How to Prepare for Attending a Conference or Seminar

Are you wondering how to prepare for attending a conference or seminar? The go-getters who attend my seminars and webinars are quite often the problem-solvers in their office, which means people will seek them out no matter where they are in order to ask questions. If you’d like to make the most out of attending your onsite or virtual conference and decrease the probability of interruptions, consider using this handy checklist for any event for which you want to be fully present:

___        Add this seminar or conference to your calendar, verifying the date, time and location or virtual platform. If other people have access to your calendar, consider adding the notation unavailable by phone/email to the calendar event title.

___        On your calendar, give yourself a 10-minute window to get settled in and connected if it’s virtual. Even the best-known virtual platforms are experiencing hiccups during this period of heavy internet usage. If your educational event is onsite, arrive at least 30 minutes prior to check in and settle in.

___        When you attend a full-day event, consider notifying applicable colleagues and clients that you will be “out of the office” on Day, Date, for a full-day XYZ event. If you’re not sure what to say in an email or text, feel free to copy/paste the following:

Please note that I’ll be out of the office on Day, Date, in order to participate in an important seminar. I will have limited access to phone and email at mid-day during our lunch break. If you have a pressing issue on that day, you can contact <insert colleague or assistant name> at <phone/email>.

___        Block off calendar time the afternoon before the event. This allows room in your schedule to handle last-minute colleague or client requests.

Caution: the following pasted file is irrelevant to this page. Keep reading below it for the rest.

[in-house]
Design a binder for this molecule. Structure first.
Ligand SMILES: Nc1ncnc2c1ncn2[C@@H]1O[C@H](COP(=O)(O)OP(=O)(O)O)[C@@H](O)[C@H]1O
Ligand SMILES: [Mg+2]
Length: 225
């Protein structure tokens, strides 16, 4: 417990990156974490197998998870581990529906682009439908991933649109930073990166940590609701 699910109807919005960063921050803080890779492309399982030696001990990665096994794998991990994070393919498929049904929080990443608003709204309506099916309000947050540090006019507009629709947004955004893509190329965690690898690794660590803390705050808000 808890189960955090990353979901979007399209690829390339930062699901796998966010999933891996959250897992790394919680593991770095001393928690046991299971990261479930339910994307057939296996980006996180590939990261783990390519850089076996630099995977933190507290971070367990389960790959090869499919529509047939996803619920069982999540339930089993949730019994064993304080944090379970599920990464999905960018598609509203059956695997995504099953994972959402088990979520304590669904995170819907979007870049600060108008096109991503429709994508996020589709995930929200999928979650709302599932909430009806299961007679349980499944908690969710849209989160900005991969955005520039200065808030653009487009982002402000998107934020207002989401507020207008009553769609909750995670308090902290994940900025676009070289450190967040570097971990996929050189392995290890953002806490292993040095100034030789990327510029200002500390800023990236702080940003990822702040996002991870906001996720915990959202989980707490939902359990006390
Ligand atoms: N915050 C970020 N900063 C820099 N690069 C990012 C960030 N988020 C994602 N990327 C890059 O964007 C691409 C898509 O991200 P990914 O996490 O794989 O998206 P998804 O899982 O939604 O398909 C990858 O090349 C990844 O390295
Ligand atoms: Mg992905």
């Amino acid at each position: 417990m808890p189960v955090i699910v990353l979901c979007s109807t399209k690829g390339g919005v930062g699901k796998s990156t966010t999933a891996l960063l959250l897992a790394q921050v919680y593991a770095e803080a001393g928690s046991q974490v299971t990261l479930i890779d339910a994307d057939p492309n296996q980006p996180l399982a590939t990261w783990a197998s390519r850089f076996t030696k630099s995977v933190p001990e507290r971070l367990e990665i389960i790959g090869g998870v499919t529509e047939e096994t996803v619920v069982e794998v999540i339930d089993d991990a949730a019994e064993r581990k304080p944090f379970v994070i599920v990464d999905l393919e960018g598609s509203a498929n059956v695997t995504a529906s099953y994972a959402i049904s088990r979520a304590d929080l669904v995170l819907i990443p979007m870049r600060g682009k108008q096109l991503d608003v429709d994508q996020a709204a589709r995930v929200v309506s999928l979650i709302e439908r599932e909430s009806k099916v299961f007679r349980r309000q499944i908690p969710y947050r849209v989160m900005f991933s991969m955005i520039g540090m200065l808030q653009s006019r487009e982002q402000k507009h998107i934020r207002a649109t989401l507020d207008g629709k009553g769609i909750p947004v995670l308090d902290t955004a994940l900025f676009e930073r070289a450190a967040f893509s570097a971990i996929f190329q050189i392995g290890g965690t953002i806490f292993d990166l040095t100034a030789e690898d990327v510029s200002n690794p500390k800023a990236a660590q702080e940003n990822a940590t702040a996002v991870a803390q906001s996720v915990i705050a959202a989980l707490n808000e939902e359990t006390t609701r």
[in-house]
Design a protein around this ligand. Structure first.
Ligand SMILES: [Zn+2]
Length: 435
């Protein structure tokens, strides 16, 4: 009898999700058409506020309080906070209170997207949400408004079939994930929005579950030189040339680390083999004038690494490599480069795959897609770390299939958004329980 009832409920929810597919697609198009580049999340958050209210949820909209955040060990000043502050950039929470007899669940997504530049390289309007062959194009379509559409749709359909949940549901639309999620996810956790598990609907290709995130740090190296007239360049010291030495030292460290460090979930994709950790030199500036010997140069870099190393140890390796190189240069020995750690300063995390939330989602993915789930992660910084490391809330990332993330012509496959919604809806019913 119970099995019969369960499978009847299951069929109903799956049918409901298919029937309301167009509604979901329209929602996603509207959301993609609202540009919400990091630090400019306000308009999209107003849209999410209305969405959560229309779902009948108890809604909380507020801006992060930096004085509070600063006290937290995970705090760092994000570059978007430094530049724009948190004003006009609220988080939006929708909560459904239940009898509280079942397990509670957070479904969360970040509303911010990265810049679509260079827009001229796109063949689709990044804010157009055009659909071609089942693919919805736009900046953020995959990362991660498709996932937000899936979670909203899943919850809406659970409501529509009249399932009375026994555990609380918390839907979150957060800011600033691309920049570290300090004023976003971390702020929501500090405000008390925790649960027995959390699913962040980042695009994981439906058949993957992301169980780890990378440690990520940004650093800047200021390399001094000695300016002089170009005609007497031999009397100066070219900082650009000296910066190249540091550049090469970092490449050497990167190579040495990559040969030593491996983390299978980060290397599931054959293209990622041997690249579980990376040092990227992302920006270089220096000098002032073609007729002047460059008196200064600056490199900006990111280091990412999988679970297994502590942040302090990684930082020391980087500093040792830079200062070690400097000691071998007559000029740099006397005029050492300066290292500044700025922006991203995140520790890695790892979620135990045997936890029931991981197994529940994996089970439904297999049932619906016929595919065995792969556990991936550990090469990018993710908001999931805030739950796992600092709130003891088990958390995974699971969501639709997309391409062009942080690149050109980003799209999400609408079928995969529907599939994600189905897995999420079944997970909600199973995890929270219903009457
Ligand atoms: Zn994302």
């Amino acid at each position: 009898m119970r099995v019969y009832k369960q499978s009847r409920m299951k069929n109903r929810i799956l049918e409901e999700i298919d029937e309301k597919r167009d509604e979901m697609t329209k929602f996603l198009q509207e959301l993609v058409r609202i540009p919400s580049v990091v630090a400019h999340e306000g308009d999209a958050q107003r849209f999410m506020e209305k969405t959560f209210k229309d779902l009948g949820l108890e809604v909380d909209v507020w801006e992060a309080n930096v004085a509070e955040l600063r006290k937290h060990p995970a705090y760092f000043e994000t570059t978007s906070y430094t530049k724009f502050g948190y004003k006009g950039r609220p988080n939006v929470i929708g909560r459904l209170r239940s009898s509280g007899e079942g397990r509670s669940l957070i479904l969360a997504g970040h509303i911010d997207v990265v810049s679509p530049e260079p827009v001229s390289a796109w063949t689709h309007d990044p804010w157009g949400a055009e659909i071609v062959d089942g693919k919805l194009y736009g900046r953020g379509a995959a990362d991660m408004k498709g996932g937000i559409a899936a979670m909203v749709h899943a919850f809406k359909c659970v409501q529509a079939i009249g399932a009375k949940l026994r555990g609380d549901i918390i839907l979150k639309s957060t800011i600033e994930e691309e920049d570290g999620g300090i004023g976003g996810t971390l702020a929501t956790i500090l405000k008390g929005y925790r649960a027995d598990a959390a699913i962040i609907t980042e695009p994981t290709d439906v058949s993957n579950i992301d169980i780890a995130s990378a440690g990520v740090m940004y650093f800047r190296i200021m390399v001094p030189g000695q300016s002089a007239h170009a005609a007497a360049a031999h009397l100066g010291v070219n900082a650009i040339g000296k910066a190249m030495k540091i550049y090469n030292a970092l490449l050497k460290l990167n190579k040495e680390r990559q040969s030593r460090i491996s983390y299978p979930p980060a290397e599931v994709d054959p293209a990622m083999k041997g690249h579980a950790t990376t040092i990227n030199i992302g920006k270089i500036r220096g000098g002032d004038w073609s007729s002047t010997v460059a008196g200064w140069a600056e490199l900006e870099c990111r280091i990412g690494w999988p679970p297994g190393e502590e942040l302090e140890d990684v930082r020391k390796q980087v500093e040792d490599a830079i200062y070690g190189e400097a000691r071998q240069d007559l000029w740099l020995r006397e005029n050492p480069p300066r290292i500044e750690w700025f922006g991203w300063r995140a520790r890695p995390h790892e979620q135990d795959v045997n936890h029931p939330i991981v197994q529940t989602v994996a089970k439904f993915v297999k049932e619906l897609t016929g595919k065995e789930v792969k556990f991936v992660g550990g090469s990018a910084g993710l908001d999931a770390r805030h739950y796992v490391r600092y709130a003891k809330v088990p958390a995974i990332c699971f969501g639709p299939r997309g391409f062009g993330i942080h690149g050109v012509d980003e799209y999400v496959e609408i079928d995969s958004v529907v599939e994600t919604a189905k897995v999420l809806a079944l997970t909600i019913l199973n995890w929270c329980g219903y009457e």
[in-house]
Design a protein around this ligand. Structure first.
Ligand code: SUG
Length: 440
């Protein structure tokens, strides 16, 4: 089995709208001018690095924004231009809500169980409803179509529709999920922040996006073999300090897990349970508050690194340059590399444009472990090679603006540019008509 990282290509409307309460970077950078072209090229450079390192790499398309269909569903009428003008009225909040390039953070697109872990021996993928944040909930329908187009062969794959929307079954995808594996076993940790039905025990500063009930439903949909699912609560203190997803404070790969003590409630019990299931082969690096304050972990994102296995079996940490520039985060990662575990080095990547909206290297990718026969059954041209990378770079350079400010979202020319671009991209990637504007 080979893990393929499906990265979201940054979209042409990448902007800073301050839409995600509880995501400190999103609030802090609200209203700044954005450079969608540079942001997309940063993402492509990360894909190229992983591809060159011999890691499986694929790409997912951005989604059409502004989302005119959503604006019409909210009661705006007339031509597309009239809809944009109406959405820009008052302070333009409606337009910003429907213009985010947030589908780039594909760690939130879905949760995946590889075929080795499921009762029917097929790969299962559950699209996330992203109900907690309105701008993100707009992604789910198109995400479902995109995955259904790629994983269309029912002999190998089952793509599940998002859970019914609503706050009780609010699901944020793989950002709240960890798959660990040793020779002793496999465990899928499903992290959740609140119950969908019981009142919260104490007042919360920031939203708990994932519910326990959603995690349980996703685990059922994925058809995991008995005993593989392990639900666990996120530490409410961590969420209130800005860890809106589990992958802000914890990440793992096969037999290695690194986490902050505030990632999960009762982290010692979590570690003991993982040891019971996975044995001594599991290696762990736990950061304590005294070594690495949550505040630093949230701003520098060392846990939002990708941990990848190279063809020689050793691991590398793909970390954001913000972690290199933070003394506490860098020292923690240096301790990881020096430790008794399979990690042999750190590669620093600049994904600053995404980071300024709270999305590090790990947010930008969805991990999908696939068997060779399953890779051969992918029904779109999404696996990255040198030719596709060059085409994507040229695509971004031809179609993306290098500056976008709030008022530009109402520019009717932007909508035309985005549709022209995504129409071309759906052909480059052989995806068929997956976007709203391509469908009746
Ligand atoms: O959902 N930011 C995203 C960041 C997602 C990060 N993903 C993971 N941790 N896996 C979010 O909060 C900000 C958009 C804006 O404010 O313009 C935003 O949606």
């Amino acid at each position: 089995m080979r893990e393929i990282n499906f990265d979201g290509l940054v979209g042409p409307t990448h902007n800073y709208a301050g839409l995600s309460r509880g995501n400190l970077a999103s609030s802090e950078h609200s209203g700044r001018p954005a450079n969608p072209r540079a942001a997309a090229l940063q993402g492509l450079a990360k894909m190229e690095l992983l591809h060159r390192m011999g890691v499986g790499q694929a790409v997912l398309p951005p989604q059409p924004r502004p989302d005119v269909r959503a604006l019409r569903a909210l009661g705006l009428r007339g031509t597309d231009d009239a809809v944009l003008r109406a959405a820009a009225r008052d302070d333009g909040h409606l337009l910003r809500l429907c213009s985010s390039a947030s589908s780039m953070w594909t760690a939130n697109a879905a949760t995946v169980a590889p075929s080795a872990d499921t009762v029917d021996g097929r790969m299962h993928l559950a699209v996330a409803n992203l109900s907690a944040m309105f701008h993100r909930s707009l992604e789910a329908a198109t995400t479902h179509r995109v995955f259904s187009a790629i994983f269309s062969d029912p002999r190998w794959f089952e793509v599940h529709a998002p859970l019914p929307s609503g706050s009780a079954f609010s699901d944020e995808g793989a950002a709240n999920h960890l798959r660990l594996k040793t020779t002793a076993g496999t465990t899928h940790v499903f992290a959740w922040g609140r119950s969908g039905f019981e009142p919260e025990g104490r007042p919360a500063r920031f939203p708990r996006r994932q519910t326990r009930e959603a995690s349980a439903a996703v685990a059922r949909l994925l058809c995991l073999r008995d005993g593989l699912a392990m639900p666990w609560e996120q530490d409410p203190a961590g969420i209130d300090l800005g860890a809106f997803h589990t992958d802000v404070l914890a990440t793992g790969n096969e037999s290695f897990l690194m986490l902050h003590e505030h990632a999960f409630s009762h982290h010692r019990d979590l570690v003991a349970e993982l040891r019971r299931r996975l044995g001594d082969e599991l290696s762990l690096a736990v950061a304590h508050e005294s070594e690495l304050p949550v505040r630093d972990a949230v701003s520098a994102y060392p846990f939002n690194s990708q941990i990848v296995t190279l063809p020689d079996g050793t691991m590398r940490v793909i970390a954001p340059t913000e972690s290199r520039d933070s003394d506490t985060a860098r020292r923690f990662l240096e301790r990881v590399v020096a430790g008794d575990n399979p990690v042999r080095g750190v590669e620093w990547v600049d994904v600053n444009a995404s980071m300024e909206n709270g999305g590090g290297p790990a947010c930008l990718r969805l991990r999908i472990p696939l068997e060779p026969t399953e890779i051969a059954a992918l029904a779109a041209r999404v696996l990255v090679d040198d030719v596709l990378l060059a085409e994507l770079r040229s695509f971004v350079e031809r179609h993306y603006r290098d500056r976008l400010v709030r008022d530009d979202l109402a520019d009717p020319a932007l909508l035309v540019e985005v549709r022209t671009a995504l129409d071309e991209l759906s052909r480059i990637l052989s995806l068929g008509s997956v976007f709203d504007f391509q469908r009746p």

___        Block off calendar time in the afternoon or morning after the event. This allows you some time to catch up on emails and voicemails, as well as implement tactics you’ve just learned.

___        For a full-day or even half-day event, set your e-mail out-of-office auto-responder before you leave the office the evening before.

___        For a full-day event, set your voicemail out-of-office message before you “leave the office” the evening before.

If you will be attending a virtual conference or seminar and you’re not extremely familiar with the platform that will be used, consider doing a practice run a couple of days prior so you’ll have time to get help before the event.

For participants in my virtual seminars, I ask them to be familiar with Zoom. Here’s an example of what I share:

We will utilize Zoom features such as Annotate, Poll, Chat and possibly Breakout Rooms. These features function more smoothly on computers than phones. By the way, you’ll know you’ve arrived at the correct virtual presentation if you see a screen with a request to use the Annotate tool to participate in the arrival activity. Please be sure to go to this web page for details about how to use the Zoom tools we’ll utilize, as well as to verify that you have the latest version of Zoom.

When you take the time to prepare for attending a conference or seminar, you’ll have fewer worries about being away from work, and you’ll be able to concentrate and learn the material that’s being presented.

Remember, time management is all about mind management. You do have the power to tell your time what to do!



About Helene Segura, M.A. Ed., CPO®

As The Inefficiency Assassin™, Time Management Fixer Helene Segura empowers professionals on the go with the tools to slay lost time. Personal inefficiency at work leads to increased stress levels, lower morale, higher absenteeism, more turnover – and rising spending on employee health care and hiring. Why not improve productivity, decrease stress levels, and increase profits instead? The author of four books – two of which were Amazon best-sellers – Helene Segura has been the featured organization expert in more than 200 media interviews. She has coached hundreds of clients to productivity success and performance improvement by applying neuroscience and behavioral modification techniques to wipe out destructive, time-wasting habits. Helene turns time management on its head by sharing both client case studies and pop culture examples to teach her mind-bending framework for decreasing interruptions, distractions and procrastination so that companies can spend more time generating revenue.

Leave a Comment